To this conference, which was holden at Bordeaux, there came all the counts, viscounts, barons, and men of abilities, in Saintonge, Poitou, Quercy, Limousin, Gascony, and Aquitaine. When they were all assembled, they formed a parliament; and, having entered upon the business of their meeting, they for three days discussed the situation and future prospect of this don Pedro, king of Castille, who was all the time present, placing himself near his cousin the prince, who spoke in his behalf, and gave the best account he was able of his affairs. It was at last resolved, that the prince should send sufficient ambassadors to the king, his father, in England, to know his opinion on the subject; and that, as soon as they should have the king’s answer, they would then assemble, and give the prince such good advice as reasonably ought to be satisfactory to him.
The prince immediately named four knights; the lord Delawar, sir Nêle Loring, sir John and sir Hely de Pommiers; and ordered them to set out for England. This conference then broke up, and each returned to his home. The king, don Pedro, remained at Bordeaux with the prince and princess, who entertained him handsomely, and with due honour.
These four knights began their journey, according to their orders, for England; and, having embarked on board two ships, they arrived safely at Southampton, through God’s good will and favourable winds. They remained there one day, to refresh themselves and to disembark their horses and equipage. On the second day, they mounted their horses, and rode on to the city of London, where they enquired after the king, and where he was. They were told he was at Windsor. They set out for that place, and were very well received by the king and queen, as much through love for the prince their son, as because they were lords and knights of great renown.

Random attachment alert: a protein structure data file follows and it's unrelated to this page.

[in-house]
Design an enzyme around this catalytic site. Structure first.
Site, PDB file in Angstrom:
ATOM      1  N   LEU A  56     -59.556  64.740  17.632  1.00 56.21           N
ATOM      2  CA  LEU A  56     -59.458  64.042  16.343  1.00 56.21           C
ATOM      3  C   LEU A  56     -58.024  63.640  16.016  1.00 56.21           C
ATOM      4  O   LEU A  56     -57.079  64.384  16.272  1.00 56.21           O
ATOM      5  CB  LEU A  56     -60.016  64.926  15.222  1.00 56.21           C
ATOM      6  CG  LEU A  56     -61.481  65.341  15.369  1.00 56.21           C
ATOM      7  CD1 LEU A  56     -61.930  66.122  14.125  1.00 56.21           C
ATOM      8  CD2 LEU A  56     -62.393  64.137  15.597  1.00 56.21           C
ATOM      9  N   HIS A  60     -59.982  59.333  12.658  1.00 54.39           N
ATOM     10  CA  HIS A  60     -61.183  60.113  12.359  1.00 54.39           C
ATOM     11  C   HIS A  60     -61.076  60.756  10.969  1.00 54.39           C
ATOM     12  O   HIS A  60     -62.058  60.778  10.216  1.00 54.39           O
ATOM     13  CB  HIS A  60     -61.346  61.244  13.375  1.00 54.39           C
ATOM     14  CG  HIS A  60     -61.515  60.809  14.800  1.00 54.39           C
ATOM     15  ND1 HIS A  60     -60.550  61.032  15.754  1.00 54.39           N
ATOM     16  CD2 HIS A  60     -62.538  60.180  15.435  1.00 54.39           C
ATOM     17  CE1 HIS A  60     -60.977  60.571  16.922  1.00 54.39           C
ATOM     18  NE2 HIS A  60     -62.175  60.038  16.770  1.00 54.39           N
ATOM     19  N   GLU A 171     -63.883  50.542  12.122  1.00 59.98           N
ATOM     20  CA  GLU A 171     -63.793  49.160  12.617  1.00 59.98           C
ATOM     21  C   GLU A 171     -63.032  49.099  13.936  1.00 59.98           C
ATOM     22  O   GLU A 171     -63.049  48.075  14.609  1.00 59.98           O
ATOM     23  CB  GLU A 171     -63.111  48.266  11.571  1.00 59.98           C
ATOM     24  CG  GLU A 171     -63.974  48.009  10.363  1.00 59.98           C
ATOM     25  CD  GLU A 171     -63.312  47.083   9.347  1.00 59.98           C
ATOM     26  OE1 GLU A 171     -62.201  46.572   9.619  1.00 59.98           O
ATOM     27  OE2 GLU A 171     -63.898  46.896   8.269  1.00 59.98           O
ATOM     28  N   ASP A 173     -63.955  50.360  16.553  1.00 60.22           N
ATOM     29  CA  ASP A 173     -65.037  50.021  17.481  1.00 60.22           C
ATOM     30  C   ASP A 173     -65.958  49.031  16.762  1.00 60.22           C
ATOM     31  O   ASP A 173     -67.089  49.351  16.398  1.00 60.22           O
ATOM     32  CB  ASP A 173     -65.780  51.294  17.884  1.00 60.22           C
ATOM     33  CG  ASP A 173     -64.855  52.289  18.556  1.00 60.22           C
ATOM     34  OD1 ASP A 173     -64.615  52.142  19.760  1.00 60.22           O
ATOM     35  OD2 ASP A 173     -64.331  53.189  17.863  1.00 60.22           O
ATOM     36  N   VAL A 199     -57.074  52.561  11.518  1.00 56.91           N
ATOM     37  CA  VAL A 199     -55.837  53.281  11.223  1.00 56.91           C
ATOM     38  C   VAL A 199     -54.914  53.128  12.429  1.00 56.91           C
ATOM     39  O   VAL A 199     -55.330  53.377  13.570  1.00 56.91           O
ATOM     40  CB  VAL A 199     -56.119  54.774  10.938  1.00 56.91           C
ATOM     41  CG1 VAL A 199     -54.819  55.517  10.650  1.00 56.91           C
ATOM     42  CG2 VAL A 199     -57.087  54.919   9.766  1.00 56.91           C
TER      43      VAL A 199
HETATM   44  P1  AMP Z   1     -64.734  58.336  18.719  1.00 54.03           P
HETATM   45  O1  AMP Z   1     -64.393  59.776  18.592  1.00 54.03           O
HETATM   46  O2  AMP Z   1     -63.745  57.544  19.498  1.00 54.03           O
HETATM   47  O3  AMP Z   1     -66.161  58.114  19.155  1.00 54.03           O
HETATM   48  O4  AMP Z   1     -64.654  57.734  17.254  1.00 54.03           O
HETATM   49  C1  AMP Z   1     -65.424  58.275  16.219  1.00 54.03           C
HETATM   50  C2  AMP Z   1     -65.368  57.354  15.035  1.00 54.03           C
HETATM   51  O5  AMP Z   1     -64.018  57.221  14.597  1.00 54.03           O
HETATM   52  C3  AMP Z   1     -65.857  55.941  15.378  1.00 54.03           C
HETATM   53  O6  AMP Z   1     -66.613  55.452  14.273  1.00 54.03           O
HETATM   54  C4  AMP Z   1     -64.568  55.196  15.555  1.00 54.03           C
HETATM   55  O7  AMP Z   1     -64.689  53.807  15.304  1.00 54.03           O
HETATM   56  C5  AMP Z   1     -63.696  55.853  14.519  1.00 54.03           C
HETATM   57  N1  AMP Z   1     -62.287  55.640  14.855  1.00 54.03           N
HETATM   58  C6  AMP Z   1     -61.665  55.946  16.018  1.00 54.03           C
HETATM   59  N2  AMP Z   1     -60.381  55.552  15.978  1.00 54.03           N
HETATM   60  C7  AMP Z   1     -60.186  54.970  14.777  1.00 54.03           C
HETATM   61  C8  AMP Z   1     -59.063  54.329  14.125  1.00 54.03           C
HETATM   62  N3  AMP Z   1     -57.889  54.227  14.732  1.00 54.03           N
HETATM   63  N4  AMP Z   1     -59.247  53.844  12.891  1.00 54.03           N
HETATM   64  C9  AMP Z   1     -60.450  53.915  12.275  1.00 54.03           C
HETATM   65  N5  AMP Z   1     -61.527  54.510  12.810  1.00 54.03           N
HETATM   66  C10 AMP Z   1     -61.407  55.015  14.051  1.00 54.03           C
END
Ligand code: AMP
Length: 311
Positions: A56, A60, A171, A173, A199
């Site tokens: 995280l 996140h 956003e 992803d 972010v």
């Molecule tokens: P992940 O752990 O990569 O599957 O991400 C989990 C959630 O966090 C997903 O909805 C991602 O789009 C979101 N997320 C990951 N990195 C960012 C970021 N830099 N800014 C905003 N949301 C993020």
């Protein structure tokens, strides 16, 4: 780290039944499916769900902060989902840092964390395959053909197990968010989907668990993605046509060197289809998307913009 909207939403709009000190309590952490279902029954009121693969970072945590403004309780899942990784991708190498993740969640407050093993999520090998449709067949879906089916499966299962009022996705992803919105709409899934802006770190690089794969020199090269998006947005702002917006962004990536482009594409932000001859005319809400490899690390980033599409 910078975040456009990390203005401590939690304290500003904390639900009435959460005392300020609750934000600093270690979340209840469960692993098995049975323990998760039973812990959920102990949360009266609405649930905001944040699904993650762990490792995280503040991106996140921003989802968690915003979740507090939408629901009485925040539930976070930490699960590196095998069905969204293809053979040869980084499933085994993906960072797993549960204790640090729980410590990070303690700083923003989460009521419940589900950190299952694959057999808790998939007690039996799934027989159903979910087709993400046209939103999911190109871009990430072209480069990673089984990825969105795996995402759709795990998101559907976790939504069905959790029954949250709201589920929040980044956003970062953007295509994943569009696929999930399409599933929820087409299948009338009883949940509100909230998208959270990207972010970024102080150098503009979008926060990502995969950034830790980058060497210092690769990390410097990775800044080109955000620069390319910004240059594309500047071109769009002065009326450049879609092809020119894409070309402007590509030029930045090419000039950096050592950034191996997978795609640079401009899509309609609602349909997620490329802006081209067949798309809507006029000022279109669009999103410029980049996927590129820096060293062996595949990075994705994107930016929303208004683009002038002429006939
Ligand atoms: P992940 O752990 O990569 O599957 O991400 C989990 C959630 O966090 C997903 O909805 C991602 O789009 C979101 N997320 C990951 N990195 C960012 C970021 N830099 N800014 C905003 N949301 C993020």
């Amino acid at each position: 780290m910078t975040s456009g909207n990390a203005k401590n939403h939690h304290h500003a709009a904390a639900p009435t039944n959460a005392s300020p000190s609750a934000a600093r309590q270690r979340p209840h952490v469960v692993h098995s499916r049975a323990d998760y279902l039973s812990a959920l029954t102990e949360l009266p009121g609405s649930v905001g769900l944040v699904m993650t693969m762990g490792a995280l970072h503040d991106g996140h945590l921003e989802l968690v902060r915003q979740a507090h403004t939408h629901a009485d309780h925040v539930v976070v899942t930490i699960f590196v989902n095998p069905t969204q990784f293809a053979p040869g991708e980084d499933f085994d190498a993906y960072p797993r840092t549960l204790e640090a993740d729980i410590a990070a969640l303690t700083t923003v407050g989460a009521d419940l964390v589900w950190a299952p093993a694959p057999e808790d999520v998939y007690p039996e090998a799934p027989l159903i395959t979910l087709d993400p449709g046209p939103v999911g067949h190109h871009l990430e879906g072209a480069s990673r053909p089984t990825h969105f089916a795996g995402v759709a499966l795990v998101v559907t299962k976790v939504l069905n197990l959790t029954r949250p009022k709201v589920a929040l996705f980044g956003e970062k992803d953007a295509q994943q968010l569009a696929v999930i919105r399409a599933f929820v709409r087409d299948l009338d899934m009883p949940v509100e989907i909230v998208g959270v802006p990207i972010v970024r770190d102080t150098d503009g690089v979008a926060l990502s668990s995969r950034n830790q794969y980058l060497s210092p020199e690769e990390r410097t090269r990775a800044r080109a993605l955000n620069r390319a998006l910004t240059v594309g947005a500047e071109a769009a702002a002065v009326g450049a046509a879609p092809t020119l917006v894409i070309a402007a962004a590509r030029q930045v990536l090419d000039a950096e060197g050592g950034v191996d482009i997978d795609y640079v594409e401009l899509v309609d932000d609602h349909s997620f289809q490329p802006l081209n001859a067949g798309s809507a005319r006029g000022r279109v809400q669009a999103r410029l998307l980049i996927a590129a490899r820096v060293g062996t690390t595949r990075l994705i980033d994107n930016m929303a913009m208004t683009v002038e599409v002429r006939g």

These lords and knights gave their letters to the king, who opened them and had them read. After having for a short time considered their contents, he said: “My lords, you may retire: I will send for some of my barons and learned men of my council: we will then give you our answer, that you may return back soon.” This reply was very pleasing to the ambassadors, who went the next day to London. It was not long before the king of England came to Westminster, where he was met by the greater part of his council; that is to say, his son the duke of Lancaster, the earl of Arundel. The earl of Salisbury, sir Walter Manny, sir Reginald Cobham, earl Percy, lord Neville, and many others. Among the prelates were the bishops of Winchester, Lincoln, and London. They deliberated for a long time on the letters from the prince, and on the request he had made to the king his father. It appeared reasonable to the king and his council, that the prince should attempt to conduct back and replace the king of Spain on his throne and in his inheritance, which was unanimously agreed on. Upon this, they drew up excellent answers, from the king and council of England, to the prince and all the barons of Aquitaine. They were carried back by the same persons who had brought the letters, to the city of Bordeaux, where they found the prince, and the king don Pedro; to each of whom they gave other letters which the king of England had sent by them.